My first formal introduction to Jewish music took place in my Rabbi’s kitchen when I was just a young girl. I must have been about nine years old when Rabbi Schick would stop our Hebrew class about fifteen minutes before it was over, point to me, address me by my Hebrew name and say, “Chanala, go upstairs to the Rebbetzin (the Rabbi’s wife), she is going to teach you some songs.”
‘Upstairs’ was a rather large apartment where Rabbi Schick lived with his wife and two daughters; nine year old Lissy and fifteen year old Sylvia. Lissy and I were childhood friends, but her sister Sylvia had been sent off to a Yeshiva (Jewish school) in Harrisburg, PA and I rarely saw her. It was there sitting on a stool in the Rebbetzin’s kitchen, listening to her sing songs in Hebrew and then repeating back what she sang, that was my first formal introduction to Jewish music.
Twenty years passed and I was living in Los Angeles. A friend happened to invite me to a lecture on the benefits of going to the Mikvah (a ritual bath for Jewish women). I arrived a few minutes late and did not catch the name of the presenter but gathered from her stories that she was a married and observant Jewish woman. In one of her stories she shared about her time as a social worker prior to being married. While working in a women’s prison she said that the women would sometimes call her ‘Schicky baby’; and later in her talk she mentioned that her father had been the Rabbi of a synagogue in a small coal mining town in central Pennsylvania.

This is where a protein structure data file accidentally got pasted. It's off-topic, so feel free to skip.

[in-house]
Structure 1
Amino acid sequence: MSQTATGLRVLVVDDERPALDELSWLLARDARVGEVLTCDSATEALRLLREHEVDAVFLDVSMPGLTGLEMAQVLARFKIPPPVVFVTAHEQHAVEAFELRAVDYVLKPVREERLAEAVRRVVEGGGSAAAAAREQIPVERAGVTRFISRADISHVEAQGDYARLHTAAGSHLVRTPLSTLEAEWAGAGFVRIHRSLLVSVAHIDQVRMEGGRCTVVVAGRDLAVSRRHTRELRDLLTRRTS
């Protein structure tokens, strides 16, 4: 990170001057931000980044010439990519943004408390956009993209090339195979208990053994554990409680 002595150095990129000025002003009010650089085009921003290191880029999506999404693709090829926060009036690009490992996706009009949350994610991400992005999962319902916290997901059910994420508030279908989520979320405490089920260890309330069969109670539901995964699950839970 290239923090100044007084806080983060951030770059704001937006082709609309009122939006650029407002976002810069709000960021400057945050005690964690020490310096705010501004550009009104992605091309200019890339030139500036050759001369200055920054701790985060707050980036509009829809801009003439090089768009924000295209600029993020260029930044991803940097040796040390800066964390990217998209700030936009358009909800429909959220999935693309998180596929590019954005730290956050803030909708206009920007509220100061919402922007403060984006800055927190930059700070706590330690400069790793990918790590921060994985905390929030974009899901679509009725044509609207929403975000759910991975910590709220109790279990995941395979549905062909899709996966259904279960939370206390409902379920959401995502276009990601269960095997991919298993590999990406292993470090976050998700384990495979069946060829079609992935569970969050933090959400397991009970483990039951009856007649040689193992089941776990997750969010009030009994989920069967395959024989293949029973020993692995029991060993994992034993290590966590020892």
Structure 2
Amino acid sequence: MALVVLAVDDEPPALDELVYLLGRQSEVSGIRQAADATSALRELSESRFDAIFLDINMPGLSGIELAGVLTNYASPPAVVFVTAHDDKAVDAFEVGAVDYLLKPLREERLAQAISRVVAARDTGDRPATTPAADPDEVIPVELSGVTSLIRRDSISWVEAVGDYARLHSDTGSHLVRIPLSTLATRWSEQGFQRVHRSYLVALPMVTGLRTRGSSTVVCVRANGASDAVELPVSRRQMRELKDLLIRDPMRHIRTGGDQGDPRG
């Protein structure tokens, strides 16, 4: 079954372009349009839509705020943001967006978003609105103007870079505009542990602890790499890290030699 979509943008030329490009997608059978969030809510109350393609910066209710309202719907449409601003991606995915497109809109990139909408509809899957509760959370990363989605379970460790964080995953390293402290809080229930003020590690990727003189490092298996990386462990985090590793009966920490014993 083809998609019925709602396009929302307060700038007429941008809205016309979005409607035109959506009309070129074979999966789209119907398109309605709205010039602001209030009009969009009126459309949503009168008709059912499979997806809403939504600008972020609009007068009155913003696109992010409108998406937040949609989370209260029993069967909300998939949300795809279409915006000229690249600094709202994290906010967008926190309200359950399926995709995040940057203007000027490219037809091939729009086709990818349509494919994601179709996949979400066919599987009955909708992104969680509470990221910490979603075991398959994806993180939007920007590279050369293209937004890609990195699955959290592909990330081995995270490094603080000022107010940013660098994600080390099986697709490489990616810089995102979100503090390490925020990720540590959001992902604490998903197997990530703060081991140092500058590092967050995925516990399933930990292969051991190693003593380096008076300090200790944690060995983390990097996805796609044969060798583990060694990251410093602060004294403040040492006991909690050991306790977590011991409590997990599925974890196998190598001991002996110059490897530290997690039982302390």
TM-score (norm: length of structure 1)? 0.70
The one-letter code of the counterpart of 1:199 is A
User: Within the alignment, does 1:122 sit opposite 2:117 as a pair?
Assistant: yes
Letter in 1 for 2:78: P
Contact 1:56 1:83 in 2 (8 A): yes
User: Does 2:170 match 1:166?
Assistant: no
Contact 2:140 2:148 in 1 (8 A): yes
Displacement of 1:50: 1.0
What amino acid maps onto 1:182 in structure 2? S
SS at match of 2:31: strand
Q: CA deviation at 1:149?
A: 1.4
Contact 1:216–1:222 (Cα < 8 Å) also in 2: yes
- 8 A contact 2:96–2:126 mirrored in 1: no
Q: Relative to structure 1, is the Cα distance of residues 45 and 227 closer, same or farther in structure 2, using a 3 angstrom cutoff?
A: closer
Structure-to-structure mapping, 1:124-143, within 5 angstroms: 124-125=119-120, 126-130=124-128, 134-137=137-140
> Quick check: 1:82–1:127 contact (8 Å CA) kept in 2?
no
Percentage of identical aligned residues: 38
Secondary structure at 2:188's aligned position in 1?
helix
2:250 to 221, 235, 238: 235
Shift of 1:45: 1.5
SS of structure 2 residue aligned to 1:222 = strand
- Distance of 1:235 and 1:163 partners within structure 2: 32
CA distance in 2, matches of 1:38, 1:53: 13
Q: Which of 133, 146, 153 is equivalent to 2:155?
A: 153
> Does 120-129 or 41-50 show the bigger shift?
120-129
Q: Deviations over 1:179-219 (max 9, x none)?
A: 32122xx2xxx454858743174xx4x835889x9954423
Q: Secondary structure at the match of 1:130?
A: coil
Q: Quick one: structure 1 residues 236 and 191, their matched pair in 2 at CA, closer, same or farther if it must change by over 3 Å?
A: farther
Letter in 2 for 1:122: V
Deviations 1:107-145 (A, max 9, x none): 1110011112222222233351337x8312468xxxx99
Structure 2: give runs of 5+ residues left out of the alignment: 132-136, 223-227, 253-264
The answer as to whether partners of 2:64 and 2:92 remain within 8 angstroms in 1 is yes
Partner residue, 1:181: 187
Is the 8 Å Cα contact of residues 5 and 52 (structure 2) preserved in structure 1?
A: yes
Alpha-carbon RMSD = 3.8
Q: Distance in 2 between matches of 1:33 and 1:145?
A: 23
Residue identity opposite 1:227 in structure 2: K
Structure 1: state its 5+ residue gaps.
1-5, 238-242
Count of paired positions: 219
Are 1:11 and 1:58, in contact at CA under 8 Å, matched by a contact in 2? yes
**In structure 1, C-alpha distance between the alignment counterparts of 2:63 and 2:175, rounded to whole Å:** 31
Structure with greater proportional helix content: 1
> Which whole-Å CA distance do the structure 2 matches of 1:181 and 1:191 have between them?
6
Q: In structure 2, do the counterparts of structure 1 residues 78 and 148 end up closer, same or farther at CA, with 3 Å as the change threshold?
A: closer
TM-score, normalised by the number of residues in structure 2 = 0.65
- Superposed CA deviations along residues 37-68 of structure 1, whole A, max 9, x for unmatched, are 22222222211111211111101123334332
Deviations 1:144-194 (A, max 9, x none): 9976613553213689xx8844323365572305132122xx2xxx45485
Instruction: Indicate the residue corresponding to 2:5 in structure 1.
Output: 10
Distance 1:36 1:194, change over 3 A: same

Putting the pieces together in my head I tentatively approached the woman after the talk and asked, “Did your father happen to be the Rabbi at a synagogue in Shamokin, PA.?” The woman looked shocked that I would know the name of the town where her father had been a Rabbi. Then bursting with enthusiasm, she became extremely excited and answered with a resounding, “Yes!” Stating my maiden name, I said, “I am Harriet Winnick”. The woman’s face lit up with excitement and with a radiant smile placed her hands on my shoulders, looked deeply into my eyes, and exclaimed, “You are the little girl with the beautiful voice!” She of course turned out to be Sylvia, Rabbi Schick’s daughter from the synagogue in my hometown of Shamokin, PA.
My brother recently sent me a 1956 newspaper photo of the ‘Cheder (Hebrew school) of B’nai Israel Synagogue. (See photo) This was four years before my ‘formal introduction to Jewish music’. I am five years old, the youngest child in the picture and looking exceedingly small standing next to two older girls. As I searched for the other children that I remembered from my class, I finally realized they were not in the photo. Before Rabbi Schick, the rabbi was Rabbi Pickholtz who, according to this photograph had invited me, at five years old, to sing with the older children because he too recognized ‘the little girl with the beautiful voice’.